The Bitcoin wallet controlled by the NotPetya attackers showed surprising signs of life over the Fourth of July holiday weekend, with approximately $10,000 in paid ransom disappearing from the account. Around the same time, a message purporting to be from the culprits behind the maybe-ransomware attack surfaced — demanding 100 bitcoin in exchange for a key they say can unlock encrypted files.
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At the time of writing, 100 bitcoin is worth approximately $260,000.
“Send me 100 Bitcoins and you will get my private key to decrypt any harddisk (except boot disks),” read the message posted to Pastebin. “See the attached file signed with the key.”
As NotPetya, which first surfaced in Ukraine on June 27, has been shown to damage an infected computer’s master boot record, the person behind the message is only claiming to be able to decrypt specific files — not entire systems. Still, that ability could be a godsend for companies struggling to restore lost data, assuming the ransomer is telling the truth.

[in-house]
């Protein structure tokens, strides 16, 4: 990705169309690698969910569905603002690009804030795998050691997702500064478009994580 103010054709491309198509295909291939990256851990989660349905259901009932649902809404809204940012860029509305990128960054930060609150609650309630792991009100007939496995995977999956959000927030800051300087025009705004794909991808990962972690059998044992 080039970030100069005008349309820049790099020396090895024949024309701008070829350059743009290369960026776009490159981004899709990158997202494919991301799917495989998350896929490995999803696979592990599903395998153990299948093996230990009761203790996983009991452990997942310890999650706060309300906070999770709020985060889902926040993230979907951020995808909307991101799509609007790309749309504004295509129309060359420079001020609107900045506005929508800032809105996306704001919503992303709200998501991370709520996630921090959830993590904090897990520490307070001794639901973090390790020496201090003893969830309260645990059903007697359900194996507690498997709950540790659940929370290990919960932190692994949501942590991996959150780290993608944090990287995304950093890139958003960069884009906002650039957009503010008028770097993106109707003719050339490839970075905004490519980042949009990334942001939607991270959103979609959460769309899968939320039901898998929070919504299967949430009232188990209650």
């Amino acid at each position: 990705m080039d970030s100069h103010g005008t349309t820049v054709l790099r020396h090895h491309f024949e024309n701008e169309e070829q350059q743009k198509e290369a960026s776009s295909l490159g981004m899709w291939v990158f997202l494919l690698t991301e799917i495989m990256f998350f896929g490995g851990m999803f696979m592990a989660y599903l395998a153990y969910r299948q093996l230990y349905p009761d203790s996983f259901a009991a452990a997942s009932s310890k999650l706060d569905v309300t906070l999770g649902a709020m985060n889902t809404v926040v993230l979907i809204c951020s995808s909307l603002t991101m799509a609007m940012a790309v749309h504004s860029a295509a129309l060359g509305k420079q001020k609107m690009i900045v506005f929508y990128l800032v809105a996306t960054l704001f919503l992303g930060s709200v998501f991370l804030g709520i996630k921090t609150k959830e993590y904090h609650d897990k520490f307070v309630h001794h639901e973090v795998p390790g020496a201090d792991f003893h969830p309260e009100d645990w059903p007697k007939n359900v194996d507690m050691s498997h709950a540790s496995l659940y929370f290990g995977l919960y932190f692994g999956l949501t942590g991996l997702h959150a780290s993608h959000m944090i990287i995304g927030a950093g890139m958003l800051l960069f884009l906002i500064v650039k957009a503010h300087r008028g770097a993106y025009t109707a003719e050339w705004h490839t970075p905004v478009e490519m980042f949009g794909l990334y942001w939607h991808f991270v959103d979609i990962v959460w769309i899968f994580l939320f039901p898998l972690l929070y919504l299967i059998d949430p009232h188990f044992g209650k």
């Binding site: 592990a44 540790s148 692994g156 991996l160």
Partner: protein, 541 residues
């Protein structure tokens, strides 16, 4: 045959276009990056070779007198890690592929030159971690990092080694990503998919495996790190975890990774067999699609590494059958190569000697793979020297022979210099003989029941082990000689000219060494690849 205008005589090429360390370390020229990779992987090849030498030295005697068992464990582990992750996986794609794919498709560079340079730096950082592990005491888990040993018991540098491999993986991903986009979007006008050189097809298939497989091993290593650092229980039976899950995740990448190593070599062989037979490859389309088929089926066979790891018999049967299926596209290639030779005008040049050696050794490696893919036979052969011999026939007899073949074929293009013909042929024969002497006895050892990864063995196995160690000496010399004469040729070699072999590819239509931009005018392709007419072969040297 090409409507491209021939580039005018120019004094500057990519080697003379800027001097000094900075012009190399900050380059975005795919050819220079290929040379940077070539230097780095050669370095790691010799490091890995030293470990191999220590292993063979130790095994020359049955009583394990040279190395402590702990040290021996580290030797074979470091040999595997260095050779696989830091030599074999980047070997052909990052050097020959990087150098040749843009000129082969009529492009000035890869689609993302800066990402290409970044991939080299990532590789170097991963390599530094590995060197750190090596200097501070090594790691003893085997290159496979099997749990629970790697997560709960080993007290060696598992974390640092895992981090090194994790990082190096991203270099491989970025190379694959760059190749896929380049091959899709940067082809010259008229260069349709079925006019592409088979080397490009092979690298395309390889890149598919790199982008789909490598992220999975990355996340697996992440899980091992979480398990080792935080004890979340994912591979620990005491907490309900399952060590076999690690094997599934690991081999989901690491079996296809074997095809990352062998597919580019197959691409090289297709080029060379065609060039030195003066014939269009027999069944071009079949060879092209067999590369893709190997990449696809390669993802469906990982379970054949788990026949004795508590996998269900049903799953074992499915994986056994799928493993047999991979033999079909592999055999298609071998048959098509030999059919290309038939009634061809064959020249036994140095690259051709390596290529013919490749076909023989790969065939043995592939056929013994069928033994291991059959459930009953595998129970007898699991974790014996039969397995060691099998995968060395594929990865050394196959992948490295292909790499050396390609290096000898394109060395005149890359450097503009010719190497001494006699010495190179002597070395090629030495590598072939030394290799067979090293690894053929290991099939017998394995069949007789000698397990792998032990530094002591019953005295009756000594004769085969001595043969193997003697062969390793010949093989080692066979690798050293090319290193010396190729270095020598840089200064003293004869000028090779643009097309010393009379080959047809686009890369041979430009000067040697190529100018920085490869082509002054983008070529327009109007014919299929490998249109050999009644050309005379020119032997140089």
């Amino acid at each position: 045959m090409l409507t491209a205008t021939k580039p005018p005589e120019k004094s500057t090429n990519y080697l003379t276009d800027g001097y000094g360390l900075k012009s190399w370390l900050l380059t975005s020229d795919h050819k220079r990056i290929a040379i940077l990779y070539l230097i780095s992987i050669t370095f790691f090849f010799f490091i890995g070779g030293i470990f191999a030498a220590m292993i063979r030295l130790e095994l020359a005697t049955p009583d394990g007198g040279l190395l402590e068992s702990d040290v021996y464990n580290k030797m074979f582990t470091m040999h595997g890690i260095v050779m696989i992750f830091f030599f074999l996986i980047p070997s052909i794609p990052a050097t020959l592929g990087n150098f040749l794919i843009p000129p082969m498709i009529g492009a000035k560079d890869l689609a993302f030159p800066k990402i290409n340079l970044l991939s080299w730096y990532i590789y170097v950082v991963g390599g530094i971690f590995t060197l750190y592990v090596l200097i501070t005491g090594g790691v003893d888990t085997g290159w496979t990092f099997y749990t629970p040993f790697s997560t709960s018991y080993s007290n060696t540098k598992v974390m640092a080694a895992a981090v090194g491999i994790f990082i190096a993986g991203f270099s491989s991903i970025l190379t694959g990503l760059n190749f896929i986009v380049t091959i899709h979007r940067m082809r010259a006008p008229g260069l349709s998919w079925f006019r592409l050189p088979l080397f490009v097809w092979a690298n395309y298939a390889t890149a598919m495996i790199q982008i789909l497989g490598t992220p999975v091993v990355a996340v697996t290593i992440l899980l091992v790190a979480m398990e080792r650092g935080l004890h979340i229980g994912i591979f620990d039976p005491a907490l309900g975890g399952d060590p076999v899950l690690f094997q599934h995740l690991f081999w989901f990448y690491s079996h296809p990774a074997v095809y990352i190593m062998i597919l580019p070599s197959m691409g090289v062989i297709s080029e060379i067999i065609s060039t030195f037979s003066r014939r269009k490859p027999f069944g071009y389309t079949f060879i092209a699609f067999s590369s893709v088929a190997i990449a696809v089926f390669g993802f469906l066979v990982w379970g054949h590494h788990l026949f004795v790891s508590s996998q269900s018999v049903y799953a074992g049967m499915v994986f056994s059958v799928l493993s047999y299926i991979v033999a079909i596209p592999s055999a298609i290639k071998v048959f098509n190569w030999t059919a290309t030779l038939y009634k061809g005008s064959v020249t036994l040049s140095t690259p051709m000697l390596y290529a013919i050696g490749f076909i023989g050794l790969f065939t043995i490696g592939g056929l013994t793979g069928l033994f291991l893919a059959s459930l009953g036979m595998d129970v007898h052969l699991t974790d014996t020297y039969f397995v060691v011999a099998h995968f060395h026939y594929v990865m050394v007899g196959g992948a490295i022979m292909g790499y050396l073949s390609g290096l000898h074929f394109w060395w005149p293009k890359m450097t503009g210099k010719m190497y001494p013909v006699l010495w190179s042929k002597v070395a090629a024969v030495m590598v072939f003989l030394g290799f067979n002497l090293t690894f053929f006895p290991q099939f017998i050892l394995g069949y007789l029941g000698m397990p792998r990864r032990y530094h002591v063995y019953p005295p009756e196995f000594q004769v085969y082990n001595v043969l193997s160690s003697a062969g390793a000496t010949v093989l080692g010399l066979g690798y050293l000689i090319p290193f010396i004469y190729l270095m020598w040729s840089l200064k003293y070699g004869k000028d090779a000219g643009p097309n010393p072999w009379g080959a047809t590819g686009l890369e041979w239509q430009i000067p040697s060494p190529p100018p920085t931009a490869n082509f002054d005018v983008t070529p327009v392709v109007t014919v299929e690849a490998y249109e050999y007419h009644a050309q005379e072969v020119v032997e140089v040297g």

The new demand was posted on July 4, the same day ransom payments made in the hopes of obtaining decryption keys were moved from the Bitcoin address listed in the initial NotPetya attack to another wallet.
No new Bitcoin address was listed for payments should anyone decide to actually fork over the 100 bitcoin. However, a link was provided to a chatroom for the purpose of getting in touch with the hackers and presumably arranging payment.
Motherboard exchanged messages with someone claiming to be one of the hackers, who told the publication the key for sale would “decrypt all computers.”
So, should organizations desperate for their data pay up? It’s a tough question. Security researchers have more or less reached a consensus that the intention behind NotPetya was to damage cyber-infrastructure, not to make money. As such, the calculus for victims is different than it would be with a more traditional form of ransomware.
Either way, this latest series of developments — the transfer of funds between Bitcoin wallets and the new demand — serves to further muddy the waters behind the NotPetya attack. It also makes one thing clear: The story of the latest ransomware scourge to sweep the globe is not over yet.
Source : www.mashable.com
Author : Jack Morse